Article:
Monday Zen: The Well

A man seeking wisdom entered the monastery. He was tasked with fetching water. Every morning, he walked to a well, let down the bucket, and came back with what he found.

On his first day, the man returned with half a bucket. He said: “I’m sorry, master.” The master nodded in silence.

On his second day, it was hot. The man returned with a quarter bucket. Once again, the master nodded in silence.

On his third day, it rained. The man returned with a full bucket. He was excited. The master, however, nodded in silence.

Then, a drought came. Soon, the man returned with an empty bucket. He said: “Master, should I go to the river instead?” The master shook his head.

The drought continued for a while but, eventually, it passed. Soon, the man returned with a full bucket again.

After one year, the task of fetching water was passed on to a new monk. Having completed his duty, the man asked: “Master, why didn’t you let me go to the river when the well was dry?”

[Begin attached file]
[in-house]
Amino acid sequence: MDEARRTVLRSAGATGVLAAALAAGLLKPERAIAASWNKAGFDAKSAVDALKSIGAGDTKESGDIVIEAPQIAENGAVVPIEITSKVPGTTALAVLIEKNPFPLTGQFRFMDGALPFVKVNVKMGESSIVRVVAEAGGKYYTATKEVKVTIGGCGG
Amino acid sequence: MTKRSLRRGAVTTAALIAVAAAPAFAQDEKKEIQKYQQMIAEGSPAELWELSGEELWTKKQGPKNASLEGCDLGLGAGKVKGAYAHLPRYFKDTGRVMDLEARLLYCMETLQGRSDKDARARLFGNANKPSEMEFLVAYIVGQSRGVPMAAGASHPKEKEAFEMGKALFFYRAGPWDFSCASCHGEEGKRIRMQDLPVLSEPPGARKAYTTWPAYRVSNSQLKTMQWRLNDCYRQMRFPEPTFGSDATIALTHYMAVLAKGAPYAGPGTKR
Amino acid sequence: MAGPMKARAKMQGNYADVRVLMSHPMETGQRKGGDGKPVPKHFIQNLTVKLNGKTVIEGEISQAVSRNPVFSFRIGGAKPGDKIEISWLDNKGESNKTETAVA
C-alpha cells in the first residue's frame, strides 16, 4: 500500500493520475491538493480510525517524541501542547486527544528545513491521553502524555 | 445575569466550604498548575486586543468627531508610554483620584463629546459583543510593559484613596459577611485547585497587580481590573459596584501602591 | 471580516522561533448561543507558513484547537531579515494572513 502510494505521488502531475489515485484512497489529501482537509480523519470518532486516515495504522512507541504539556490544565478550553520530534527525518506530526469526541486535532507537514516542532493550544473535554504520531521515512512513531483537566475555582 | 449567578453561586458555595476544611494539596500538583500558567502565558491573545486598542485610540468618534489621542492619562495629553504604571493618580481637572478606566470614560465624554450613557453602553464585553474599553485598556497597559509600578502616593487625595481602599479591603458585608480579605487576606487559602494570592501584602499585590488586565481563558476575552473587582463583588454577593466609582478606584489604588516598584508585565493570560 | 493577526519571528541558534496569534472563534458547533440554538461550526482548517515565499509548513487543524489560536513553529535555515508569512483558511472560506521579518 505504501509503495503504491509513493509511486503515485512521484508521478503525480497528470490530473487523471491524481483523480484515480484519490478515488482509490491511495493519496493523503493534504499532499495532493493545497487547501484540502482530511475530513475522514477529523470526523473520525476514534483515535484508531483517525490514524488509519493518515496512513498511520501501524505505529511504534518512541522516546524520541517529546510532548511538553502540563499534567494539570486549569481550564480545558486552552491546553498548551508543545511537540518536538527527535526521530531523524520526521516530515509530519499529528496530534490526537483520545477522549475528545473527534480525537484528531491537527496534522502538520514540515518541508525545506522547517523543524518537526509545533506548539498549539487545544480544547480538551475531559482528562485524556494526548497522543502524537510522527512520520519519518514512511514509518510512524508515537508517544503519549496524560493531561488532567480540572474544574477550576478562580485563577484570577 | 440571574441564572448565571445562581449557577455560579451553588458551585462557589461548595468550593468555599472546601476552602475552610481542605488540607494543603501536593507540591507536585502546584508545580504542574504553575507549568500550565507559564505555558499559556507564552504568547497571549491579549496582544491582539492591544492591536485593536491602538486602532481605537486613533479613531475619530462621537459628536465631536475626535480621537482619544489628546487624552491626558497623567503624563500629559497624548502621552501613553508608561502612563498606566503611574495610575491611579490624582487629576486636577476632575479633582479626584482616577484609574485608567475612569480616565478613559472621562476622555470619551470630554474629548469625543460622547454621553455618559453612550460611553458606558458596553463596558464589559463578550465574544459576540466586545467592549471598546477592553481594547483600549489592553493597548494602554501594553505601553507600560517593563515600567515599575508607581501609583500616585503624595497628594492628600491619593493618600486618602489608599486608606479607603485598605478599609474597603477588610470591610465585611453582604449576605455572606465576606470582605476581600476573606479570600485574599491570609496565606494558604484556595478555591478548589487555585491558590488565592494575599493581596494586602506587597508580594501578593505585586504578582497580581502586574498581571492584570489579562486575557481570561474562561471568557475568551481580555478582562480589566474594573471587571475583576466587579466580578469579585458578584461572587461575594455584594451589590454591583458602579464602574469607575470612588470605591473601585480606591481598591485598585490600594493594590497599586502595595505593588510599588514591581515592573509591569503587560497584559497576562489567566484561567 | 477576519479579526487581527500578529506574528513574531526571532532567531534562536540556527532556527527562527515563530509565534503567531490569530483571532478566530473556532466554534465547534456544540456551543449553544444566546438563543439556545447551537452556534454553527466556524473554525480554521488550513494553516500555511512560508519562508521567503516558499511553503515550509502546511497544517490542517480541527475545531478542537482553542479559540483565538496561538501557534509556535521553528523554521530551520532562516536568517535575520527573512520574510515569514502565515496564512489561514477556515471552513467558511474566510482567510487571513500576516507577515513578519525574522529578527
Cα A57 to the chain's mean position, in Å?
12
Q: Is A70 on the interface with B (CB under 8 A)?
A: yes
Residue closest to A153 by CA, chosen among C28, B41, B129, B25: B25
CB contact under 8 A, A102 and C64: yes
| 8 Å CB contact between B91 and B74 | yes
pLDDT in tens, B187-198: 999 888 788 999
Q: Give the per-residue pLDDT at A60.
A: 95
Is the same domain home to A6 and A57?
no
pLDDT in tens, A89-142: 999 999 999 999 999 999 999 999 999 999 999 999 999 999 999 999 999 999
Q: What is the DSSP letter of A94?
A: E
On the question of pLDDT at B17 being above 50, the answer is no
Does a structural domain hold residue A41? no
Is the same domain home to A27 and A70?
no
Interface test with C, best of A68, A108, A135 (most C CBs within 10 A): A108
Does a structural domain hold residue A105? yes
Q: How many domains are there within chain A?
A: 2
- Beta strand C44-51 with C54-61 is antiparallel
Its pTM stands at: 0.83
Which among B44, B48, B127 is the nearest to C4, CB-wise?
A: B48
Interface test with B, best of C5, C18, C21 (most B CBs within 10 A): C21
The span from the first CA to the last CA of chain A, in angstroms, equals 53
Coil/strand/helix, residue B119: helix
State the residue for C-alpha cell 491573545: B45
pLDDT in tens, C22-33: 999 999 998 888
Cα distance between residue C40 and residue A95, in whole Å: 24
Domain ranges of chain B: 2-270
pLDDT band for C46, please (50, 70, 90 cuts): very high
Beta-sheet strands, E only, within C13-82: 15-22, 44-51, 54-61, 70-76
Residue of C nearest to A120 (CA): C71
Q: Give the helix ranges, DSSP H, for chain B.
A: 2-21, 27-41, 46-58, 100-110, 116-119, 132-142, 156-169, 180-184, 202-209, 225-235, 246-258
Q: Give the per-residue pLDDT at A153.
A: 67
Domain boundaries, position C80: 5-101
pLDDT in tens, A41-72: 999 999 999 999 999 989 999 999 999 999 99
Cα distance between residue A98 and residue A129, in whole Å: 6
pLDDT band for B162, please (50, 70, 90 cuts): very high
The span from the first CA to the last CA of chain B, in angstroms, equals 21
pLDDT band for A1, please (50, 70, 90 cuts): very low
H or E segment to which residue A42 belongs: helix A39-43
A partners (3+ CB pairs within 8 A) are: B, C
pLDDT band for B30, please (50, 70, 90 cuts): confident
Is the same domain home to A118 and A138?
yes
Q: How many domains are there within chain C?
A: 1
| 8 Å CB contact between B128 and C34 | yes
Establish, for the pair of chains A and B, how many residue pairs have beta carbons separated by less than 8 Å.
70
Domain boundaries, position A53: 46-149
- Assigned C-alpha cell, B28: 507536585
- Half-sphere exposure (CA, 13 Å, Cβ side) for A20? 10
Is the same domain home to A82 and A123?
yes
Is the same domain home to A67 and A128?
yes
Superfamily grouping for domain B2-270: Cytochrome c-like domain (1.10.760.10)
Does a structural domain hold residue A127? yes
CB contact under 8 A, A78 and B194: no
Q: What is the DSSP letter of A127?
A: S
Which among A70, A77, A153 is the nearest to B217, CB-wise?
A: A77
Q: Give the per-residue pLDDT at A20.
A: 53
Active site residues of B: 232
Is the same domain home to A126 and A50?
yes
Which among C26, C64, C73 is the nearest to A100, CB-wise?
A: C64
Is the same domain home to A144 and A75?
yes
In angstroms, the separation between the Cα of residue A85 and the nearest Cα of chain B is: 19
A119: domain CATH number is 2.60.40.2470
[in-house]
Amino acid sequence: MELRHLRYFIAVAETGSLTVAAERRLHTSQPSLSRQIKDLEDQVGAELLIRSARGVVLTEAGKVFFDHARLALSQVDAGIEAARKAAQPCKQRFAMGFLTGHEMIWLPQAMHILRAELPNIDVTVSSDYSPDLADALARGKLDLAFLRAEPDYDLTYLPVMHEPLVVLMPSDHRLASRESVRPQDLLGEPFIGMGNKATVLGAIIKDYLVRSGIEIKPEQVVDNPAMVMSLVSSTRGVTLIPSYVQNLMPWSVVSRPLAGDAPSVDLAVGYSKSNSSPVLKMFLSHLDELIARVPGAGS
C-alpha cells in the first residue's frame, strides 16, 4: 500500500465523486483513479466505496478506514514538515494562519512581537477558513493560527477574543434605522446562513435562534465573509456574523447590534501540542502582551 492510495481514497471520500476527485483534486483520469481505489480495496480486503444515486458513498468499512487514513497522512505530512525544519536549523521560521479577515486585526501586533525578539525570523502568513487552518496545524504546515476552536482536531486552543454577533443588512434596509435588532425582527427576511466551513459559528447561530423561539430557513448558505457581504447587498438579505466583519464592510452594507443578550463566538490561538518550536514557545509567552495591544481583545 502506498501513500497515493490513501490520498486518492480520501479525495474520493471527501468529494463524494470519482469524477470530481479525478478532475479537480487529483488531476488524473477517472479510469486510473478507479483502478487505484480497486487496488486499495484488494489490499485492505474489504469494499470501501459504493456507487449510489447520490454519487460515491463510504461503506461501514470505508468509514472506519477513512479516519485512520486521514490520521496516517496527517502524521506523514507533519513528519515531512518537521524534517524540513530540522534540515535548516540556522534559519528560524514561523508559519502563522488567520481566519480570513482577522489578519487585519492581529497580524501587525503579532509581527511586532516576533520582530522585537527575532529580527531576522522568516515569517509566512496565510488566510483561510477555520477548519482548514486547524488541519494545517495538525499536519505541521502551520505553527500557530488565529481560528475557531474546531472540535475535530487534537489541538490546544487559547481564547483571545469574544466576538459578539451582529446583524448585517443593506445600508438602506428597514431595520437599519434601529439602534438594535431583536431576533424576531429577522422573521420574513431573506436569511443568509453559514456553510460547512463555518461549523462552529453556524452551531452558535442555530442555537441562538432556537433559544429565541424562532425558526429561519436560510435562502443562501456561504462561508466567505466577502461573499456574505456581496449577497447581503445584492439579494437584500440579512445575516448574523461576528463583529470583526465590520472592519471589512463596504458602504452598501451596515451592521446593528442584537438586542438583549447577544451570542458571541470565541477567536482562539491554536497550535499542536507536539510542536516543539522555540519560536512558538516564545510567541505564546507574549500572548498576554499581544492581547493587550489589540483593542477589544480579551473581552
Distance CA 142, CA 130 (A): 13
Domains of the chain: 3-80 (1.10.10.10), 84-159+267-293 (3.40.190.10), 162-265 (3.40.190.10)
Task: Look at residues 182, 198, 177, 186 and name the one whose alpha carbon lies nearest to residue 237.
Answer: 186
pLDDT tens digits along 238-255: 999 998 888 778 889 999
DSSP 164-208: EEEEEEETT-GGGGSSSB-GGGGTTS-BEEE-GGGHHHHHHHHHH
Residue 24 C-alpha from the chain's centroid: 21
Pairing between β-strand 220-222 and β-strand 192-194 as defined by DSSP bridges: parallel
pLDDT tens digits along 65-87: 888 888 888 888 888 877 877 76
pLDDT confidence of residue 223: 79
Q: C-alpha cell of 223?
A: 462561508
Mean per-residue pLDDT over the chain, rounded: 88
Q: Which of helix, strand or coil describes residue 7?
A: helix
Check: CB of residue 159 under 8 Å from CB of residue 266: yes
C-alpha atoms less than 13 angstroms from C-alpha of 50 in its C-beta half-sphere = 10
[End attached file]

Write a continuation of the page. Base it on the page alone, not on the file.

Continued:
The master replied: “If you do not let down the bucket, how can you know the well is dry?”

At that moment, the man was enlightened.

Ernest Hemingway looked at creativity like a well: as long as he left something in it, he could always return the next day.

Love is a well too. It springs eternal from deep inside your heart - but only if you go fetch water.

Even life itself can be thought of as a fountain: it flows from the inside out, and what we find inside is what we carry into the world.

Like the man in the story, however, we first have to realize that’s the part that matters.

What the master knew, and what he could only teach the man through rigorous practice, is that life isn’t about how much water we find, or if any, for that matter.

It’s about becoming the kind of person who walks to the well every day regardless.

Whatever you do, whatever your challenge, your job, your obstacle - focus not on where the answers are. Just remember to let down the bucket.

You’ll be enlightened soon enough.


About Monday Zen: Most people hate Monday. Why? In a good life, it’s a day like any other. At the very least, it shouldn’t be worse by default. That’s what Monday Zen is for: To make sure you start the week with calm, poise, and determination.

Let’s not derail our trains of thought before they leave the station. Let’s enjoy the journey.

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